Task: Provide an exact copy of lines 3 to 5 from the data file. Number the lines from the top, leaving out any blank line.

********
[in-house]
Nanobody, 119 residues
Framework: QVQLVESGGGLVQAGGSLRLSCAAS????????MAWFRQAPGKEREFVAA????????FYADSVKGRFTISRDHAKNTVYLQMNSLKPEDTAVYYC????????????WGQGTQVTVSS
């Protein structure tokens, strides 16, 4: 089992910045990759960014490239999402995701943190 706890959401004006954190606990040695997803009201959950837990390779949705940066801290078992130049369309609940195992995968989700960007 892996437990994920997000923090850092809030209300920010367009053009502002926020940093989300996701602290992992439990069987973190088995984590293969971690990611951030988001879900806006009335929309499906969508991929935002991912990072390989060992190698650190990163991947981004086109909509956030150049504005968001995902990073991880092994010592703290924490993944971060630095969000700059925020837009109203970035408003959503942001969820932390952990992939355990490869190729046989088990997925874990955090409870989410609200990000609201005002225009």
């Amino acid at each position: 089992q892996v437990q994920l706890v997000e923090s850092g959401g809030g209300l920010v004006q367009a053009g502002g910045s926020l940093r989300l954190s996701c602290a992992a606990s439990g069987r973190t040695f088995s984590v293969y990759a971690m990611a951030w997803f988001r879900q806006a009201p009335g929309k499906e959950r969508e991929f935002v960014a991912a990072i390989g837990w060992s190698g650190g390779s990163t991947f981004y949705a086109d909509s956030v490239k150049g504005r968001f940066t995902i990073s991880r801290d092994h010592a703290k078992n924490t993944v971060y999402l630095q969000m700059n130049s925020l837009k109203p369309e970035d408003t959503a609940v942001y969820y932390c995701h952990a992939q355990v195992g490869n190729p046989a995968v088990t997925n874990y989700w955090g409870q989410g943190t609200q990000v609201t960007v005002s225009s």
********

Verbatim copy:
Framework: QVQLVESGGGLVQAGGSLRLSCAAS????????MAWFRQAPGKEREFVAA????????FYADSVKGRFTISRDHAKNTVYLQMNSLKPEDTAVYYC????????????WGQGTQVTVSS
């Protein structure tokens, strides 16, 4: 089992910045990759960014490239999402995701943190 706890959401004006954190606990040695997803009201959950837990390779949705940066801290078992130049369309609940195992995968989700960007 892996437990994920997000923090850092809030209300920010367009053009502002926020940093989300996701602290992992439990069987973190088995984590293969971690990611951030988001879900806006009335929309499906969508991929935002991912990072390989060992190698650190990163991947981004086109909509956030150049504005968001995902990073991880092994010592703290924490993944971060630095969000700059925020837009109203970035408003959503942001969820932390952990992939355990490869190729046989088990997925874990955090409870989410609200990000609201005002225009």
């Amino acid at each position: 089992q892996v437990q994920l706890v997000e923090s850092g959401g809030g209300l920010v004006q367009a053009g502002g910045s926020l940093r989300l954190s996701c602290a992992a606990s439990g069987r973190t040695f088995s984590v293969y990759a971690m990611a951030w997803f988001r879900q806006a009201p009335g929309k499906e959950r969508e991929f935002v960014a991912a990072i390989g837990w060992s190698g650190g390779s990163t991947f981004y949705a086109d909509s956030v490239k150049g504005r968001f940066t995902i990073s991880r801290d092994h010592a703290k078992n924490t993944v971060y999402l630095q969000m700059n130049s925020l837009k109203p369309e970035d408003t959503a609940v942001y969820y932390c995701h952990a992939q355990v195992g490869n190729p046989a995968v088990t997925n874990y989700w955090g409870q989410g943190t609200q990000v609201t960007v005002s225009s």